Prime Minister Pedro Sánchez of Spain said on Friday that the country would be placed under a state of emergency for 15 days, which could allow his government to restrict the movement of citizens, ration goods and impose other measures to fight the spread of the new coronavirus.
The decision came as Spain reported about 4,200 confirmed infections, the most in Europe after Italy. The Spanish death toll reached 120 on Friday.
Earlier Friday, Spain ordered its first mandatory lockdowns, of four towns in Catalonia, with about 70,000 people.
In a brief televised address, Mr. Sánchez said that the state of emergency would come into force on Saturday, after a ministerial meeting, and that it was designed to use “all the resources of the state to protect better the citizens, especially those who are most vulnerable to the virus.”
Mr. Sánchez said that Spain and other European countries were “only in the first phase of the fight against the virus.” He warned that Spain could reach 10,000 cases in coming weeks.
But Mr. Sánchez did not specify what kinds of measure would be imposed under a state of emergency. “We will take weeks,” he said. “It will be very hard and difficult, but we will overcome the virus, that’s certain.” The government has already closed museums and sports centers, and students nationwide were sent home from school this week.
The coronavirus has spread at an alarming rate in Spain over the past week, with the Madrid region becoming the center of the health crisis and two of Mr. Sánchez’s ministers testing positive for the virus.
Under the Spanish Constitution, the government can maintain a nationwide state of emergency for 15 days. The law also allows the government to requisition factories and other infrastructure. Parliament must approve an extension.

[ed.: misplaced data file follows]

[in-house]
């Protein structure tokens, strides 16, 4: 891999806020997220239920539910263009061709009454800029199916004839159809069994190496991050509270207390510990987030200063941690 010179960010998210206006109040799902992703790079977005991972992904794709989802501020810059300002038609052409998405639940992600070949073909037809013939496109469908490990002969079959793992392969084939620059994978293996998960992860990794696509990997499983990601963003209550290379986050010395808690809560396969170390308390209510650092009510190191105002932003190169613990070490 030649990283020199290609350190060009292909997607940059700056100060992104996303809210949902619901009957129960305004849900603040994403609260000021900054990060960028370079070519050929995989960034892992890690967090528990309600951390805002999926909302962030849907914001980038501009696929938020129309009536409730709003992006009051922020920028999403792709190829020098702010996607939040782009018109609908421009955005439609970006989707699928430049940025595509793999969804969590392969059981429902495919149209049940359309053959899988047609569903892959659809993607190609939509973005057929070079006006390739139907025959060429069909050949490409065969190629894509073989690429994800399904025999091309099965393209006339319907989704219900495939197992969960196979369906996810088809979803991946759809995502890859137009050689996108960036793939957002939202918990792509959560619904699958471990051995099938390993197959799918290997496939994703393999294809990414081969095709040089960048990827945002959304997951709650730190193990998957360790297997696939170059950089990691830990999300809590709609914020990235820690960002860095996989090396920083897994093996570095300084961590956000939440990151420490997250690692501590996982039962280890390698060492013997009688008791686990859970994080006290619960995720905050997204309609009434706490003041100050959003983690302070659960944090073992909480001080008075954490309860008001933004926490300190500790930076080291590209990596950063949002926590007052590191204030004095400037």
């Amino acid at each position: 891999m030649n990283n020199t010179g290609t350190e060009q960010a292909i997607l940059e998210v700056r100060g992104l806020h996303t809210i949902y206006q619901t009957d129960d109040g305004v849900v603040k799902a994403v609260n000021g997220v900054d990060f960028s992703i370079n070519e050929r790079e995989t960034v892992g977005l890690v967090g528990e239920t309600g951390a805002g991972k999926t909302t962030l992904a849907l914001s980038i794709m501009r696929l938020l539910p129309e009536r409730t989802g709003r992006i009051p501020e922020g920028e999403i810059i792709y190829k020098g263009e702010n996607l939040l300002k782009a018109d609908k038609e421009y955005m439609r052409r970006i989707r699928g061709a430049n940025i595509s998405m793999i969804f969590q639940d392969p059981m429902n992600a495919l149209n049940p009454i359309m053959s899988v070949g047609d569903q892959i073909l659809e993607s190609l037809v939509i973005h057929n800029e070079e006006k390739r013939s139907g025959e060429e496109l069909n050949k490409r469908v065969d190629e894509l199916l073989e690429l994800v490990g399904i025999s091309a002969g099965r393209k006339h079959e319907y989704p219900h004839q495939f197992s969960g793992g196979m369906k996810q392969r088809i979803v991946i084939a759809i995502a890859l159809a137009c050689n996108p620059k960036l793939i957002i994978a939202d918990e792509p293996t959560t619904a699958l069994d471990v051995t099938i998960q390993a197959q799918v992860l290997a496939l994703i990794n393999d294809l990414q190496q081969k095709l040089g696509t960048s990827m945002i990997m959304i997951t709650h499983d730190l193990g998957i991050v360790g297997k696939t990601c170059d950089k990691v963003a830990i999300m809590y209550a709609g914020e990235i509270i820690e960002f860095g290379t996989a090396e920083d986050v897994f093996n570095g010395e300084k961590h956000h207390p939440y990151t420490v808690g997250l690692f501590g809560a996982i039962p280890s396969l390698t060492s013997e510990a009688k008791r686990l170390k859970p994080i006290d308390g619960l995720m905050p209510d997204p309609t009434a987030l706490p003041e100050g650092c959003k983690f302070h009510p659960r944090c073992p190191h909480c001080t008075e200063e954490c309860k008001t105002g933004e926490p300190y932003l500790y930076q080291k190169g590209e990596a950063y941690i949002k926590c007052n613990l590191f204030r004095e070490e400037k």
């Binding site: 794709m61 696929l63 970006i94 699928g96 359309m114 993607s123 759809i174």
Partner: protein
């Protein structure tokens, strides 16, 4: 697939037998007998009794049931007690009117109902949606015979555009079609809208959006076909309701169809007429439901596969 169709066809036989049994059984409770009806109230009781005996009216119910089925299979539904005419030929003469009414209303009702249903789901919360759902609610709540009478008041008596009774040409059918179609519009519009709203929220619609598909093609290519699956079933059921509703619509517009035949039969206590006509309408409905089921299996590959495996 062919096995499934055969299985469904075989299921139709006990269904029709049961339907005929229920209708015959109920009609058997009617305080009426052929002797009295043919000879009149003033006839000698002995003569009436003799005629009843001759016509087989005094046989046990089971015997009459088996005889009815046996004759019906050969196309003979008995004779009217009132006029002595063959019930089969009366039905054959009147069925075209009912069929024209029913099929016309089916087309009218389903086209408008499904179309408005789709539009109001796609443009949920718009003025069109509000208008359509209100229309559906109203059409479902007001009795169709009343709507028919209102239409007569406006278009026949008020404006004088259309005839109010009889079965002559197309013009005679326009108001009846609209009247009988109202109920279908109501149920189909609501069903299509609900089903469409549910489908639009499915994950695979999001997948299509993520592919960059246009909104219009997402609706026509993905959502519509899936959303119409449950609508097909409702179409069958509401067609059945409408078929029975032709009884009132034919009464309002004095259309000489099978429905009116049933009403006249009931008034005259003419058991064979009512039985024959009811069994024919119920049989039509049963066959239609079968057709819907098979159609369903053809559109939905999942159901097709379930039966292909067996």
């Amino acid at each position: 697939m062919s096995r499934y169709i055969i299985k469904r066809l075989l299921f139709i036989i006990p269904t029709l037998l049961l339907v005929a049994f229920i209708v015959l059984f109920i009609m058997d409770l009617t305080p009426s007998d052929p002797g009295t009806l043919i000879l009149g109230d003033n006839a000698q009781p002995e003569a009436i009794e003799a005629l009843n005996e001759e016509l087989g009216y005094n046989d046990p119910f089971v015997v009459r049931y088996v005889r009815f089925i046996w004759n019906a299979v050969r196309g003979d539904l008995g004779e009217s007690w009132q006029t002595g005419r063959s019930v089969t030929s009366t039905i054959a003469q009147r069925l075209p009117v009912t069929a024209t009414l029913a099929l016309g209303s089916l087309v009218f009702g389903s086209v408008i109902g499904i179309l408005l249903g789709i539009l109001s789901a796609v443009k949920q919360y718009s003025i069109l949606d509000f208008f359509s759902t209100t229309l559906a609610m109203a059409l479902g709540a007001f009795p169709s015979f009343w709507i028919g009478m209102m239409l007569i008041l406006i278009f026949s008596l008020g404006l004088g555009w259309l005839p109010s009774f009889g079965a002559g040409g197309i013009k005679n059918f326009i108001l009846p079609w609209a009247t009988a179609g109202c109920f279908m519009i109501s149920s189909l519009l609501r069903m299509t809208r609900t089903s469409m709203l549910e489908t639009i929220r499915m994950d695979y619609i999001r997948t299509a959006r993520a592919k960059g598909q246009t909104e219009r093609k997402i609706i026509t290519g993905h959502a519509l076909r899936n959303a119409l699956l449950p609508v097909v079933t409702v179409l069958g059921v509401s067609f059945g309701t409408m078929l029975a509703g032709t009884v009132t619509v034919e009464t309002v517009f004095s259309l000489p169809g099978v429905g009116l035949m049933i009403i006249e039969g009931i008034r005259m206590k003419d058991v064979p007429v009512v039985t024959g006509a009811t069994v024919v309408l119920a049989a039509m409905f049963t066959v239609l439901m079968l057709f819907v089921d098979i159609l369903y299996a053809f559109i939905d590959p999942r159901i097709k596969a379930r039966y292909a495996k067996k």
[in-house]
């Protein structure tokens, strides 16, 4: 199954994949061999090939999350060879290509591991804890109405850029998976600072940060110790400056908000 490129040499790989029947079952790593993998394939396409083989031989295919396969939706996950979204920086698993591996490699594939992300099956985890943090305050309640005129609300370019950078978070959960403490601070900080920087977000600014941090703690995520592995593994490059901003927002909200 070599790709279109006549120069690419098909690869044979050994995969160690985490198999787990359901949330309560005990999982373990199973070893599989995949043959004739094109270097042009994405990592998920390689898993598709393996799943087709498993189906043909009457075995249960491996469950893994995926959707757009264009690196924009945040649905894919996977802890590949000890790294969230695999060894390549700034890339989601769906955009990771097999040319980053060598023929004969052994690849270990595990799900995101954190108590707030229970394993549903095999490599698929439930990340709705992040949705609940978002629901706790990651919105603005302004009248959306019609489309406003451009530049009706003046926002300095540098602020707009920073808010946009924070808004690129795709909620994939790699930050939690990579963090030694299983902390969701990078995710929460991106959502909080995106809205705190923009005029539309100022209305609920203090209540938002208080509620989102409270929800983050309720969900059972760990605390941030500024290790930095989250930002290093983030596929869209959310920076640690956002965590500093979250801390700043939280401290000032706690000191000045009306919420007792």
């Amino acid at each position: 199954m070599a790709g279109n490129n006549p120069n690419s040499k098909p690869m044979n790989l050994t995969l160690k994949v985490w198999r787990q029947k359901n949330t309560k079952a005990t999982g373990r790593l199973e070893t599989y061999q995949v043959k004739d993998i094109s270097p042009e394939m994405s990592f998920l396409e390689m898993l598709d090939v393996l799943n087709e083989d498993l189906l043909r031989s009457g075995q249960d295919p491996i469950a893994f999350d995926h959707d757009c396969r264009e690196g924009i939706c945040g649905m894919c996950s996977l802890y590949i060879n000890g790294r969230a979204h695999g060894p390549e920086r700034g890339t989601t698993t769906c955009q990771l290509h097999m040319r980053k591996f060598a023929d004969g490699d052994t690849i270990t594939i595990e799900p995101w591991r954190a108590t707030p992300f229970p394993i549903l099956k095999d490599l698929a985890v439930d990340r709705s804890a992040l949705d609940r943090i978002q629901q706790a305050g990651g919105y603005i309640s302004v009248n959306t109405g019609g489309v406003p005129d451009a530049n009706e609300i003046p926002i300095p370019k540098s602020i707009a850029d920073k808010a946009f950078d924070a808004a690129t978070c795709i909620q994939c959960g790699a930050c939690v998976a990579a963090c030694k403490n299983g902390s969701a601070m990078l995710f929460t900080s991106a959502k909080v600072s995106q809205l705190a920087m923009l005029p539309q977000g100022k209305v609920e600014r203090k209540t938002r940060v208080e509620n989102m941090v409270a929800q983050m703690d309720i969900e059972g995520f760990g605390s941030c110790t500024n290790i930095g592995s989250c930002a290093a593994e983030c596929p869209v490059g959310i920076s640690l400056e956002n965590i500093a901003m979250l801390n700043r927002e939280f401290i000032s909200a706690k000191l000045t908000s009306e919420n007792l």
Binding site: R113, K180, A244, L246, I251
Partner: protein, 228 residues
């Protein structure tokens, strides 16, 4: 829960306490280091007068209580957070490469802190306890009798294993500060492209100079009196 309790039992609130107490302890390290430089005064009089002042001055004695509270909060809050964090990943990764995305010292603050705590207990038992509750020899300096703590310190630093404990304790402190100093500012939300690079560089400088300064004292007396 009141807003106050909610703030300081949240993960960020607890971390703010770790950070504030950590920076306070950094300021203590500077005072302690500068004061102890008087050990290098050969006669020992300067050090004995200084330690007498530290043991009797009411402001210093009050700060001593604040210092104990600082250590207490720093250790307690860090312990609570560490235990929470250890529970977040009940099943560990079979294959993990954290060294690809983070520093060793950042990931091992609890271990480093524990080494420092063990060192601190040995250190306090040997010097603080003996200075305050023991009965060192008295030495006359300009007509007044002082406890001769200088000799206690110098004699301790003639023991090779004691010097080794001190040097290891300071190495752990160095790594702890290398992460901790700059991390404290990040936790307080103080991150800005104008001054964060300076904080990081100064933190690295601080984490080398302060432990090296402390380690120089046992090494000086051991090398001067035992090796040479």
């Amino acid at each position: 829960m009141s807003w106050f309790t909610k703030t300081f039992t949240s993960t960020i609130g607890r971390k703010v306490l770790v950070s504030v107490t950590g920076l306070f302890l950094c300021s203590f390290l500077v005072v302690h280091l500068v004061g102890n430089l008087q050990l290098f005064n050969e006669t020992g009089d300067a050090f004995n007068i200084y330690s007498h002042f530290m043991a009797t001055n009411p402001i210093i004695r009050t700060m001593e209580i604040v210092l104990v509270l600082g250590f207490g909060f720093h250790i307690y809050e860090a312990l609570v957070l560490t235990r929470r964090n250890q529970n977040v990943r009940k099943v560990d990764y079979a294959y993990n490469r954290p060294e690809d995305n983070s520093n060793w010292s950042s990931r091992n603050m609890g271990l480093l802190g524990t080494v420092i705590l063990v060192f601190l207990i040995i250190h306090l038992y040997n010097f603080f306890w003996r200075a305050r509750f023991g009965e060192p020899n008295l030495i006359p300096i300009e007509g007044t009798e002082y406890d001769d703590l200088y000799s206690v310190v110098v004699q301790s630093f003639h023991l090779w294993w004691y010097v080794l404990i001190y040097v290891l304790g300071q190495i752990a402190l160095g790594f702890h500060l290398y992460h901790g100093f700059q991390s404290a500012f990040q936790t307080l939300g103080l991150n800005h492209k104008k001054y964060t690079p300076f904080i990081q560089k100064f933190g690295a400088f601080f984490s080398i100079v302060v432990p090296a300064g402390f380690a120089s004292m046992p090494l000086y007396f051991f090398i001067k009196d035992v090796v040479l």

The only other time that Spain declared a state of emergency was in 2010, when the government ordered the military to break up a wildcat strike by air traffic controllers that brought to air traffic to a standstill.
Iran’s military is called on to fight one of the world’s worst outbreaks.
Iran’s supreme leader has ordered the military to take charge of fighting the coronavirus epidemic, citing what he called the possibility that the scourge was a “biological attack” and the potential need for “biological defense.”
Ayatollah Ali Khamenei’s written order on Thursday called on the armed forces to create a military base for health care and preventive measures to stop the spread of the disease in Iran, which has one of the world’s worst outbreaks.
Satellite photos appear to show the digging of mass graves in Qom, the holy city where the outbreak began.
President Hassan Rouhani’s government has struggled to contain the spread and has been heavily criticized for its management of the crisis, which has been cloaked in secrecy. The mobilization of the military by Mr. Khamenei, who commands the armed forces, amounts to an admission that the response has been inadequate.
Iran’s government reported on Thursday that the new virus had infected 10,750 people and killed 429. But a tally of deaths reported by local governors and health officials in 30 provinces places the number of fatalities closer to 800 people, according to a report by BBC Persian.
At least 30 officials, including vice presidents, cabinet ministers and Parliament members, have been infected, including members of Mr. Khamenei’s inner circle. The supreme leader’s chief foreign policy adviser and his chief accountant have both tested positive, Iranian state media have reported.
Iran’s economy, already strained under U.S. economic sanctions, has taken a further hit from the epidemic. Iran has asked the International Monetary Fund for a $5 billion emergency loan — the first time since 1962 that Iran has sought such assistance.
Germany is making a package of economic assistance worth more than $600 billion available to help companies in Europe’s largest economy survive the effects of the coronavirus outbreak, the country’s economy minister, Peter Altmaier, said on Friday.
“There will be no upper limits for the amount of credit” from the government-owned lender KfW Bankengruppe, Mr. Altmaier said. “This is the time for working together.”
As new infections have risen across the Continent, and daily life has ground to a halt in many places, businesses have been left reeling.
Gyms, apartment buildings and offices: How to manage the outbreak.
Today, we look at how the places you interact with daily are ensuring they stay safe while still being able to function, including how gyms should be disinfecting their equipment, new guidance for building managers, and how needed changes may affect workers.